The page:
The Nostalgic Kid. "Estuaries." : Amazon Estuary #2: General Info, Vertebrates, and Aquatic Plants. Blogger, 17 Dec. 2010. Web. 15 Nov. 2012. <http://googleearthestuaries.blogspot.com/2010/12/amazon-estuary-2-general-info-and.html>.
Oceana. "Oceana | Protecting the World's Oceans." Amazon Estuary. N.p., 2012. Web. 14 Nov. 2012. <http://oceana.org/en/explore/marine-places/amazon-estuary>.
"Long Island Sound Watershed." Long Island Sound Watershed. N.p., n.d. Web. 17 Nov. 2012. <http://green-ct.org/LONGIS~1.HTM>.
"Long Island Sound (NEP Profile)." Home. United States Enviromental Protection Agency, 6 Mar. 2012. Web. 20 Nov. 2012. <http://water.epa.gov/type/oceb/nep/programs_lis.cfm>.
"Long Island Sound." Wikipedia. Wikimedia Foundation, 14 Nov. 2012. Web. 14 Nov. 2012. <http://en.wikipedia.org/wiki/Long_Island_Sound>.
"Key Features." Humber Management Scheme. Humber Estuary European Marine Site, 2012. Web. 16 Nov. 2012. <http://www.humberems.co.uk/humber/features.php>.
"The Humber." Humber Management Scheme. Humber Estuary European Marine Site, 2012. Web. 20 Nov. 2012. <http://www.humberems.co.uk/humber/>. Bibilography Pictures
Graduate School of Oceanography. "Biogeography of Deep-Water Chemosynthetic Ecosystems (ChEss)." A Decade of Discovery. University of Rhode Island, 2010. Web. 18 Nov. 2012. <http://www.coml.org/projects/biography-deep-water-chemosynthetic-ecosystems-chess>.
Graduate School of Oceanography. "Biogeography of Deep-Water Chemosynthetic Ecosystems (ChEss)." A Decade of Discovery. University of Rhode Island, 2010. Web. 18 Nov. 2012. <http://www.coml.org/projects/biography-deep-water-chemosynthetic-ecosystems-chess>.
Wikipedia. "File:Intertide Zonation at Kalaloch.jpg." Wikipedia. Wikimedia, 5 Apr. 2006. Web. 16 Nov. 2012. <http://en.wikipedia.org/wiki/File:Intertide_zonation_at_Kalaloch.jpg>.
"Mangrove Swamps." Home. United States Enviromental Protection Agency, 6 Mar. 2012. Web. 17 Nov. 2012. <http://water.epa.gov/type/wetlands/mangrove.cfm>.
"First Line of Defense: Mangroves." News Watch. National Geographic, 3 May 2010. Web. 18 Nov. 2012. <http://newswatch.nationalgeographic.com/2010/05/03/first_line_of_defense_mangrove/>.
Laere, Mark Van. "Wallpaper Australia Collection II: "Mangroves"" HersenSpinsels.nl. HersenSpinsels, 2007. Web. 20 Nov. 2012. <http://www.hersenspinsels.nl/hersenspinsels/wallpaper.asp?ImageNumber=293>.
"Atlantic Ocean Map - Map of the Atlantic Ocean by Worldatlas.com." Atlantic Ocean Map - Map of the Atlantic Ocean by Worldatlas.com. N.p., n.d. Web. 14 Nov. 2012. <http://www.worldatlas.com/aatlas/infopage/oceans/atlanticocean.htm>.
Wikipedia. "File:Pacific Ocean - En.png." Wikipedia. Wikimedia, n.d. Web. 15 Nov. 2012. <http://en.wikipedia.org/wiki/File:Pacific_Ocean_-_en.png>.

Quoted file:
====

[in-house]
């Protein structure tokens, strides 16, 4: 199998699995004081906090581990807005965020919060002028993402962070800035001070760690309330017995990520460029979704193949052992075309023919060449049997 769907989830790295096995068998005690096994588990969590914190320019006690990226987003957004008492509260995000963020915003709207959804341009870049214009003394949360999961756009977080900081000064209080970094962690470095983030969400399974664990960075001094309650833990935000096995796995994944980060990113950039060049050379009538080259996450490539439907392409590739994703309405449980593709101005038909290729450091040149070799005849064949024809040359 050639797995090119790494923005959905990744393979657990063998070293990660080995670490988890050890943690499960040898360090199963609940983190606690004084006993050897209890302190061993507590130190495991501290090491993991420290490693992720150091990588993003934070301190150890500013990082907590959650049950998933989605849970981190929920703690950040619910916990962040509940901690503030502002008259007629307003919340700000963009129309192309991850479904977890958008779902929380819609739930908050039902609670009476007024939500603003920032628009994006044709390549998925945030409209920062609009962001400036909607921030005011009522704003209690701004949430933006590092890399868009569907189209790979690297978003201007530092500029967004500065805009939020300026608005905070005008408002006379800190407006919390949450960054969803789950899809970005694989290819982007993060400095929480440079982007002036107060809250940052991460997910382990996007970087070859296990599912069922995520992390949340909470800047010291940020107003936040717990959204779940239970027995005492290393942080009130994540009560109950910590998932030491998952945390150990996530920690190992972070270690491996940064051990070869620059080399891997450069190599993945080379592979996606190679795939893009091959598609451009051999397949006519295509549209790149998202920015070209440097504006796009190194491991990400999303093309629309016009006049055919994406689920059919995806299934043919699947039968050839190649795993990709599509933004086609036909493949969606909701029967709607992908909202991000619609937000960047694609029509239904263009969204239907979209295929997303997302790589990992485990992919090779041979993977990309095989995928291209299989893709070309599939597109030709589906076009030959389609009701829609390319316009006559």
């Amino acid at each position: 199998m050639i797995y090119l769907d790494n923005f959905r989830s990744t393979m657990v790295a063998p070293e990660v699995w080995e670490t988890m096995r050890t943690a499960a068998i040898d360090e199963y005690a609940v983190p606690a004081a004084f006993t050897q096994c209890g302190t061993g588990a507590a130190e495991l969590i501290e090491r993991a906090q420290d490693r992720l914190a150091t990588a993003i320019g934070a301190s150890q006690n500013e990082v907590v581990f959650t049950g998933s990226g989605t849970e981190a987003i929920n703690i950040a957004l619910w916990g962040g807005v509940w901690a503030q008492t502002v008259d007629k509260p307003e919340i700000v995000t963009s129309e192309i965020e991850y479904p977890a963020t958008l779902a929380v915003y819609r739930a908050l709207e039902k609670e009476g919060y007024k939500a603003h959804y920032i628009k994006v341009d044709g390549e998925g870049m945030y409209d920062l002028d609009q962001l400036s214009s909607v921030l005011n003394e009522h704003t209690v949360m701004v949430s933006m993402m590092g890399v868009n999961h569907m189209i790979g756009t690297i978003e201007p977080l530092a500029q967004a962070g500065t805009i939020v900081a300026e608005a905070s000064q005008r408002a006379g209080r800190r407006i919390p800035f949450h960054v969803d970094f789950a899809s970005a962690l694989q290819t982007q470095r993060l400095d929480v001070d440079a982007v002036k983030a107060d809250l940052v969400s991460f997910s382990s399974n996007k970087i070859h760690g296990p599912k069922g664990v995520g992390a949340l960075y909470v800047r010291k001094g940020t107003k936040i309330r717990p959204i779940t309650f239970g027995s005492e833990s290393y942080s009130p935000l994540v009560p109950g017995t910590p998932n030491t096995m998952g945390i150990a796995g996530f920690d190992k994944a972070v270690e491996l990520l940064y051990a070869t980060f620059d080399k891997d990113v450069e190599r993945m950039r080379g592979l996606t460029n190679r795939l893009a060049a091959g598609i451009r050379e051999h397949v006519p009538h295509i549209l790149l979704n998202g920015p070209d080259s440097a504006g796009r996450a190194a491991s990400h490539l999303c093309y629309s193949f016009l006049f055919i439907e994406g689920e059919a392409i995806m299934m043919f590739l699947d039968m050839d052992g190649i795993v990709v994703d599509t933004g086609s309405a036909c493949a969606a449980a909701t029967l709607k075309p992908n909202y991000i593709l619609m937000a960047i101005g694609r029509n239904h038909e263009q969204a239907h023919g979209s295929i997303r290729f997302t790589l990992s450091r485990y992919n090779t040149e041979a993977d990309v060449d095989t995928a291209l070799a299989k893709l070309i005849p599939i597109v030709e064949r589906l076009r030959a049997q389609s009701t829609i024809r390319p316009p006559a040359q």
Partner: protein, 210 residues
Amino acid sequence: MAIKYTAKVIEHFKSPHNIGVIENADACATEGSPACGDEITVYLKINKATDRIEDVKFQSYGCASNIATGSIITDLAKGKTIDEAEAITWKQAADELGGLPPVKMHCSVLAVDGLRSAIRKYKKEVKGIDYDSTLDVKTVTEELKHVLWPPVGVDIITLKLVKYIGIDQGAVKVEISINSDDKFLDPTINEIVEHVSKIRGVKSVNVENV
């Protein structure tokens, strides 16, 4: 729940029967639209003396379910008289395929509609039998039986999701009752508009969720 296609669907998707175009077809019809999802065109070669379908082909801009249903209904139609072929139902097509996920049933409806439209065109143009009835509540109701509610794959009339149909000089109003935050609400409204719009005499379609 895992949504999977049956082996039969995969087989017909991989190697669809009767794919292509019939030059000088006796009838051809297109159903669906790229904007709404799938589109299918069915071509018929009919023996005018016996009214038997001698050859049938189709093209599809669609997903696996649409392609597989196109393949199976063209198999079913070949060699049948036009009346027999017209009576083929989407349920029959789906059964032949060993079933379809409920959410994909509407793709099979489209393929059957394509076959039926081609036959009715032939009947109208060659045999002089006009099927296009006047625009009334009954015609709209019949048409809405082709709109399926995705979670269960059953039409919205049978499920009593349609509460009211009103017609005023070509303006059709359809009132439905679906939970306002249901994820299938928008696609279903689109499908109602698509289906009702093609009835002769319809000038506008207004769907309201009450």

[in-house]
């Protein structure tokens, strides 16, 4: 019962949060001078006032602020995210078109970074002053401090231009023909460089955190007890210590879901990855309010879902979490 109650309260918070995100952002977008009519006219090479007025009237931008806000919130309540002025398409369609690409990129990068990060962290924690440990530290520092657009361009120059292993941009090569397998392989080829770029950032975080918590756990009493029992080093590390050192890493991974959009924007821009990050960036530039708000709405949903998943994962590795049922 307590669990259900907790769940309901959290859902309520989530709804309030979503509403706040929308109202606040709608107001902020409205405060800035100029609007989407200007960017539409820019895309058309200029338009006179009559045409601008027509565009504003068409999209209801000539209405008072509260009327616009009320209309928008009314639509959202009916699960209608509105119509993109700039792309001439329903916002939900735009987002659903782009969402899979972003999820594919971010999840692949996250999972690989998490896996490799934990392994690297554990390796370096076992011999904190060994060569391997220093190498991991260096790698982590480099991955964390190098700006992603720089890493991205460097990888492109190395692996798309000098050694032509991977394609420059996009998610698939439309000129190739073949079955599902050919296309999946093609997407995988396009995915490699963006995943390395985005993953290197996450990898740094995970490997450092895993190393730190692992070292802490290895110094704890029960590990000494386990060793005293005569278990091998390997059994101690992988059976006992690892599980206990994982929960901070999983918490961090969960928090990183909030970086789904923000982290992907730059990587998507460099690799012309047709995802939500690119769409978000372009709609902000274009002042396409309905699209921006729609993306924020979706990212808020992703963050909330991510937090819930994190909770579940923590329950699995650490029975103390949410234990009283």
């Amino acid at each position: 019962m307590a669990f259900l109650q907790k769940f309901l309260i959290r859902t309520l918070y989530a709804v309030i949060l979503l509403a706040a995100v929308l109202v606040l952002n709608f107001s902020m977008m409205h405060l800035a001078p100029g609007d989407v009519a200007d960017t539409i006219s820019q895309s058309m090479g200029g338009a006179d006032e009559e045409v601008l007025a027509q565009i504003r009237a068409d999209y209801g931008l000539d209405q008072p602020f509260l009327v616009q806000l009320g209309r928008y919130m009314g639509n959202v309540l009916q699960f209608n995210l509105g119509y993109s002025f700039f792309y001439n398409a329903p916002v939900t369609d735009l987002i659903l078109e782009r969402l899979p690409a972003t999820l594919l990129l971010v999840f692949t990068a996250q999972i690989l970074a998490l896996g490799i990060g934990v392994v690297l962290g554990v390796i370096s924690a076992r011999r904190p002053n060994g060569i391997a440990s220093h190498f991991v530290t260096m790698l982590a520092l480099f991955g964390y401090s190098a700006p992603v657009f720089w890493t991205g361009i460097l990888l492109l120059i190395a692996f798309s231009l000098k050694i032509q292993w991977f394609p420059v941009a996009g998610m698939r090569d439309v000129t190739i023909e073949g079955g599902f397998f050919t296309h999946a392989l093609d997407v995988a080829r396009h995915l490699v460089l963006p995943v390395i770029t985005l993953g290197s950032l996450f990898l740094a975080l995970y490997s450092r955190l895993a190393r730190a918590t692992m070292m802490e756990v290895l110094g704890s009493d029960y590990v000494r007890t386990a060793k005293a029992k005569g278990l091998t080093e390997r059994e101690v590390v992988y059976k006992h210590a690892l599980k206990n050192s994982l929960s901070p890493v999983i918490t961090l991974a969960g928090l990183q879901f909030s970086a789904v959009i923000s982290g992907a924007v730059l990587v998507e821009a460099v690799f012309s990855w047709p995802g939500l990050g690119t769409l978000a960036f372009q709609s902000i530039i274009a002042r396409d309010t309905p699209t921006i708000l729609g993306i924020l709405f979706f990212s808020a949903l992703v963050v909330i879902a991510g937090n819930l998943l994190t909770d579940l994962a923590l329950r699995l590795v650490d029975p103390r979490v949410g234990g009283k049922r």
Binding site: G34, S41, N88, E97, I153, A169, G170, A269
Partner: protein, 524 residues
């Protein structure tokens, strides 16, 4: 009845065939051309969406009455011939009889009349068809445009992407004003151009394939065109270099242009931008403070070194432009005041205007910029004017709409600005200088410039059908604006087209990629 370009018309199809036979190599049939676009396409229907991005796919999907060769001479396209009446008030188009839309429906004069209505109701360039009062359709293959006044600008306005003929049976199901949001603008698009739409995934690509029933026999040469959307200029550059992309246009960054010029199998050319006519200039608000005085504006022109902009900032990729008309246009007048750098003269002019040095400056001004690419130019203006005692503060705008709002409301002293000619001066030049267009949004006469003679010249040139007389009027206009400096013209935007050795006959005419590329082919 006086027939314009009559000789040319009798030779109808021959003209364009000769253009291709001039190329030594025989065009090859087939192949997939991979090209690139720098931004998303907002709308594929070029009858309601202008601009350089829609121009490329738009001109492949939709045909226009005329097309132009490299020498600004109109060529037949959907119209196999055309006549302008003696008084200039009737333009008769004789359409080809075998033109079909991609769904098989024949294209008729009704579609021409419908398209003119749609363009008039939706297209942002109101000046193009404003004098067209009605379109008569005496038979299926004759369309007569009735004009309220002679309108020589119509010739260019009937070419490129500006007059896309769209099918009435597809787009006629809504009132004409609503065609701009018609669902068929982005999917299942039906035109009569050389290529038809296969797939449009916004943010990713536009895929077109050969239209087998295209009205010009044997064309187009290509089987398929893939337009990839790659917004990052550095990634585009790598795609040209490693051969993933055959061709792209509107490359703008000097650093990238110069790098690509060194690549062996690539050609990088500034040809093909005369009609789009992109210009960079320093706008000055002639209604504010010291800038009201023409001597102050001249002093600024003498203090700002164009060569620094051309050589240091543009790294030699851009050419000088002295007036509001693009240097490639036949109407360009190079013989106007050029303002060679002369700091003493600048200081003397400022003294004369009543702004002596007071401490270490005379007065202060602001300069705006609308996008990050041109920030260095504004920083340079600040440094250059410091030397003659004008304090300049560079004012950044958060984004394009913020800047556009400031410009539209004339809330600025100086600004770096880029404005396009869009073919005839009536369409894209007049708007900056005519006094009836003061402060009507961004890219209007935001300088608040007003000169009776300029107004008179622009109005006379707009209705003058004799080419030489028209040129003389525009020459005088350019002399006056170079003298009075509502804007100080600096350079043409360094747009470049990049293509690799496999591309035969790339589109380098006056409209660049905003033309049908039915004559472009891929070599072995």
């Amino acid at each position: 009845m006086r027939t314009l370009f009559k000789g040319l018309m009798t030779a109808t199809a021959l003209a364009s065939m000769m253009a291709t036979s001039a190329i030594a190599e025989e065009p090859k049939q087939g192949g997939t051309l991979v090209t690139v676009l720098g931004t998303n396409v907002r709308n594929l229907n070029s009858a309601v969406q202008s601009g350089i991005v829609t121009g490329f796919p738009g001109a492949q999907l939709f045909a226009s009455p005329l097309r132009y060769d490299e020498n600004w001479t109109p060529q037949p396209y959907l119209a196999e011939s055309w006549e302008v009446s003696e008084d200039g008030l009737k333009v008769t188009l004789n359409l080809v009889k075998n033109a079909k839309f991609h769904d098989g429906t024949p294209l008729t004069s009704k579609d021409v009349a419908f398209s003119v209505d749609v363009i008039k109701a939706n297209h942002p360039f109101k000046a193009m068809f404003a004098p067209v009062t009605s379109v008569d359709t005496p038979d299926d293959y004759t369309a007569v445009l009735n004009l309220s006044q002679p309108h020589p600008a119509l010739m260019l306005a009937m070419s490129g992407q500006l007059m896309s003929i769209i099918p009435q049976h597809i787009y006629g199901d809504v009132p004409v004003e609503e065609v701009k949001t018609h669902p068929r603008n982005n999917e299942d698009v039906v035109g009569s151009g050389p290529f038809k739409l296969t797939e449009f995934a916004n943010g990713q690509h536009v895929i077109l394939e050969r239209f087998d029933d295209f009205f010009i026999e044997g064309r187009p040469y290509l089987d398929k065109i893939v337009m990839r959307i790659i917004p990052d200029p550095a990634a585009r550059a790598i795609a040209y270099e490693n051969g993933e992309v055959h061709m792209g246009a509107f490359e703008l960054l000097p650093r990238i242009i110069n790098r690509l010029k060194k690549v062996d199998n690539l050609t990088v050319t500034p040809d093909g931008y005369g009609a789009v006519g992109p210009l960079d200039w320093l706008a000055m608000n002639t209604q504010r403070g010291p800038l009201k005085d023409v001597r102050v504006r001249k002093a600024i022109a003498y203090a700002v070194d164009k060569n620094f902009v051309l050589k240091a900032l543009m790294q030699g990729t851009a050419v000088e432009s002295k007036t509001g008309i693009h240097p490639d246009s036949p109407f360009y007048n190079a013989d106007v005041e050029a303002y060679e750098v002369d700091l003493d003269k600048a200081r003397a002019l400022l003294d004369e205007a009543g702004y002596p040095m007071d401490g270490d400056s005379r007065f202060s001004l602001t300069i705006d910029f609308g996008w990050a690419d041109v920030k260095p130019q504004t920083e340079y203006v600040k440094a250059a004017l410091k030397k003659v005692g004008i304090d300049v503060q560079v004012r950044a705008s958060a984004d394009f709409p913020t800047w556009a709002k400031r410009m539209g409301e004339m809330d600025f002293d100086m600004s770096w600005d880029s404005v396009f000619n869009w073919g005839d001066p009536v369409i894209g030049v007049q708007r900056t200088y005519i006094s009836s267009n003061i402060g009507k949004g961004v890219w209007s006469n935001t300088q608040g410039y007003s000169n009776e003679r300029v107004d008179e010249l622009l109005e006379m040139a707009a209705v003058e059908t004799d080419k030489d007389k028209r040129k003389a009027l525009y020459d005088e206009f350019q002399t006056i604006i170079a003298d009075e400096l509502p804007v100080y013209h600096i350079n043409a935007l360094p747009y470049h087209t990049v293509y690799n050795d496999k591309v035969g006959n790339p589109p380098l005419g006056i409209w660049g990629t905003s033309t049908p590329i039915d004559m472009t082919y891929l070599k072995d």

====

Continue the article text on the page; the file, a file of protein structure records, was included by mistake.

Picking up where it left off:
"HRW WORLD ATLAS - Southern Ocean." HRW WORLD ATLAS - Southern Ocean. N.p., 2006. Web. 17 Nov. 2012. <http://go.hrw.com/atlas/norm_htm/southocean.htm>.
"Abyssal Plain." Abyssal Plain. Blogger, 28 Sept. 2010. Web. 18 Nov. 2012. <http://blog.bgsusports.com/maybh/Abyssal-Plain>.
"Delcastleblocks56group2 - Part 3." Delcastleblocks56group2 - Part 3. Wikimedia, 2012. Web. 20 Nov. 2012. <http://delcastleblocks56group2.wikispaces.com/Part 3?responseToken=84efb1de4aa49ef2f8c34f3e26db6446>.
"Yahoo! Search - Images." Yahoo! Search - Images. N.p., n.d. Web. 20 Nov. 2012. <http://images.search.yahoo.com/images/view;_ylt=A0PDoKkoAKtQtwMAGhSJzbkF;_ylu=X3oDMTBxYW4yY2ljBHNlYwNkZC1pbWctc3VtLTEEc2xrA2hxaW1n?back=http://images.search.yahoo.com/search/images?p=coral+reef&fr=mcafee&fr2=piv-web&ri=6&tab=organic>.
"UnderwaterTimes.com | Human-caused Pollution Damaging Prized Central American Reefs." UnderwaterTimes.com | Human-caused Pollution Damaging Prized Central American Reefs. N.p., 13 Dec. 2006. Web. 20 Nov. 2012. <http://www.underwatertimes.com/news.php?article_id=69354801710>.
Stylishandtrendy. N.p., 2012. Web. 19 Nov. 2012. <http://cdn1.stylishandtrendy.com/wp-content/uploads/2011/07/Florida-Reef-Florida.jpg>.
Barros, Demetrio. "Coral Red Sea." - Demetrio Barros. Photo Galaxy, n.d. Web. 18 Nov. 2012. <http://www.photogalaxy.com/photo/demetrio/1/>.
Savingwater. Savingwater.co, 2012. Web. 17 Nov. 2012. <http://www.savingwater.co.za/wp-content/uploads/2010/06/Estuary.jpg>.
Sunny, Hayden A. "BiomesFifth10 - Estuary Home." BiomesFifth10 - Estuary Home. Wikimedia, n.d. Web. 19 Nov. 2012. <http://biomesfifth10.wikispaces.com/Estuary Home?responseToken=060d41bcd28465ad9104fc5cfe11552fc>.
"Both Wild and Captive Settings Â« Fish Guy Photos." Fish Guy Photos RSS. N.p., 25 Jan. 2011. Web. 20 Nov. 2012. <http://www.fishguyphotos.com/category/underwater-photography>.